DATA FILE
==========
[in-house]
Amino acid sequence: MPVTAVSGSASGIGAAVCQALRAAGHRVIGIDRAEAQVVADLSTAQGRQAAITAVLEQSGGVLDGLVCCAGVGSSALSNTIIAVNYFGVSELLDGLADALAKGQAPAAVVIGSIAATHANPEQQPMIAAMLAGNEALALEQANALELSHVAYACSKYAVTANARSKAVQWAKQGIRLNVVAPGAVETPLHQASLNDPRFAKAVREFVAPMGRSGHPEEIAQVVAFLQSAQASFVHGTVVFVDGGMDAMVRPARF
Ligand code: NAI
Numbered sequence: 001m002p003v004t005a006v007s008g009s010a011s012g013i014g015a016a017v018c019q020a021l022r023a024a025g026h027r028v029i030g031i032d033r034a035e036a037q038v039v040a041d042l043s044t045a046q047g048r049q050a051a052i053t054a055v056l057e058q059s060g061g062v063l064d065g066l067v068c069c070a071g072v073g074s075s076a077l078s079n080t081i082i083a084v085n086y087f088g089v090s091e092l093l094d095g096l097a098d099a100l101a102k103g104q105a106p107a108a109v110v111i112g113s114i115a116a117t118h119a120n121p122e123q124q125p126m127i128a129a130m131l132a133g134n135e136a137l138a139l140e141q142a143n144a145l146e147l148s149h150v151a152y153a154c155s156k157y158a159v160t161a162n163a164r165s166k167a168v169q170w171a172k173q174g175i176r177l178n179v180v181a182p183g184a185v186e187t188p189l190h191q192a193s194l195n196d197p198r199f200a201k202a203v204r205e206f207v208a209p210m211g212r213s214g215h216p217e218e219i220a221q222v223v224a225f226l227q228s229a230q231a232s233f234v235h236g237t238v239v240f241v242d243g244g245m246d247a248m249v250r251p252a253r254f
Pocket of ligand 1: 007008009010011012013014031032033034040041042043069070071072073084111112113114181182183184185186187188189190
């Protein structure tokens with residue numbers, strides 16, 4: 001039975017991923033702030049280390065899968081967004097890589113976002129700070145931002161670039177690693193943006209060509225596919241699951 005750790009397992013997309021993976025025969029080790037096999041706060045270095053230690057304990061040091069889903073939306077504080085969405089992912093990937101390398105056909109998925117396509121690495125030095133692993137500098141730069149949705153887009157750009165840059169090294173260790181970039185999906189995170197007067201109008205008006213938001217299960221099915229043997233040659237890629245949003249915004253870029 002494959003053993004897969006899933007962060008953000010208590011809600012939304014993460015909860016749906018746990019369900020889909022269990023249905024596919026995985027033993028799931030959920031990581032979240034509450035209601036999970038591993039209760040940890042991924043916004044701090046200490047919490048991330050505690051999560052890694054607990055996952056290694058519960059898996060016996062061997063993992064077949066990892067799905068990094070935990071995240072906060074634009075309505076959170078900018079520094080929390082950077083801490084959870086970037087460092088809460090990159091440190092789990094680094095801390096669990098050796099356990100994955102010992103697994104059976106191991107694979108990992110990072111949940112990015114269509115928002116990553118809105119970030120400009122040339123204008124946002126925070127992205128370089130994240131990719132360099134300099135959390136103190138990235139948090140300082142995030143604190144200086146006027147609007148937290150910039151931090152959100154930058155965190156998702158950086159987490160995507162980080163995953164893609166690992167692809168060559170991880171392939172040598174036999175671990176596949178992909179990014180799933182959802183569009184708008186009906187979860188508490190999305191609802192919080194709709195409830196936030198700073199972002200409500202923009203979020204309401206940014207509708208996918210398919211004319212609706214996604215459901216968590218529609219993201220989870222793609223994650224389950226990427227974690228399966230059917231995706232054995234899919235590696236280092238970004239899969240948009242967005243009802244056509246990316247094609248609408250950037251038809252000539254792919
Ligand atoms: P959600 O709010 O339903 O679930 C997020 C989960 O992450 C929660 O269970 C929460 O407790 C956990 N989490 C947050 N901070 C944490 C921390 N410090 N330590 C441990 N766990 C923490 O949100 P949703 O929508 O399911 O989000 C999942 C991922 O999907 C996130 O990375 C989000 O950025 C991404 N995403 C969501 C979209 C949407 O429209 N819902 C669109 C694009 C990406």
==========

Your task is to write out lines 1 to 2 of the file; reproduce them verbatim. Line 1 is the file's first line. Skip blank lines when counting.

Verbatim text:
[in-house]
Amino acid sequence: MPVTAVSGSASGIGAAVCQALRAAGHRVIGIDRAEAQVVADLSTAQGRQAAITAVLEQSGGVLDGLVCCAGVGSSALSNTIIAVNYFGVSELLDGLADALAKGQAPAAVVIGSIAATHANPEQQPMIAAMLAGNEALALEQANALELSHVAYACSKYAVTANARSKAVQWAKQGIRLNVVAPGAVETPLHQASLNDPRFAKAVREFVAPMGRSGHPEEIAQVVAFLQSAQASFVHGTVVFVDGGMDAMVRPARF